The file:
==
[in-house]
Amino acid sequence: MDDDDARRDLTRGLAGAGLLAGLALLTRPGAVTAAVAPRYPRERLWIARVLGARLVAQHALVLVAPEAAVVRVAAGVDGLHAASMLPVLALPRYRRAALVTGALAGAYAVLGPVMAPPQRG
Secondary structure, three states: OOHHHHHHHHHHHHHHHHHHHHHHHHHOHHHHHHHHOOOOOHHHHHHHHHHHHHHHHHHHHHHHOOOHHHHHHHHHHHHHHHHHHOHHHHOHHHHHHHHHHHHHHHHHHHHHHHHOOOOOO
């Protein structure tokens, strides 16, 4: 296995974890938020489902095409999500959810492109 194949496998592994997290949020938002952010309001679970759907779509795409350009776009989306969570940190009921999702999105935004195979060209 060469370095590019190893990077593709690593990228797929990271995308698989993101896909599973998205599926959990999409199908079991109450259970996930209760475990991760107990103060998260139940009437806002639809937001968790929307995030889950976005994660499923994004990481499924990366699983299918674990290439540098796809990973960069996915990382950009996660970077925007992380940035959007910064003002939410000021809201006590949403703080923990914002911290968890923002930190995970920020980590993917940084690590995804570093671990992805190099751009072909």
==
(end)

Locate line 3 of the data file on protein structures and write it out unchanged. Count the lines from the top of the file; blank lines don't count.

Secondary structure, three states: OOHHHHHHHHHHHHHHHHHHHHHHHHHOHHHHHHHHOOOOOHHHHHHHHHHHHHHHHHHHHHHHOOOHHHHHHHHHHHHHHHHHHOHHHHOHHHHHHHHHHHHHHHHHHHHHHHHOOOOOO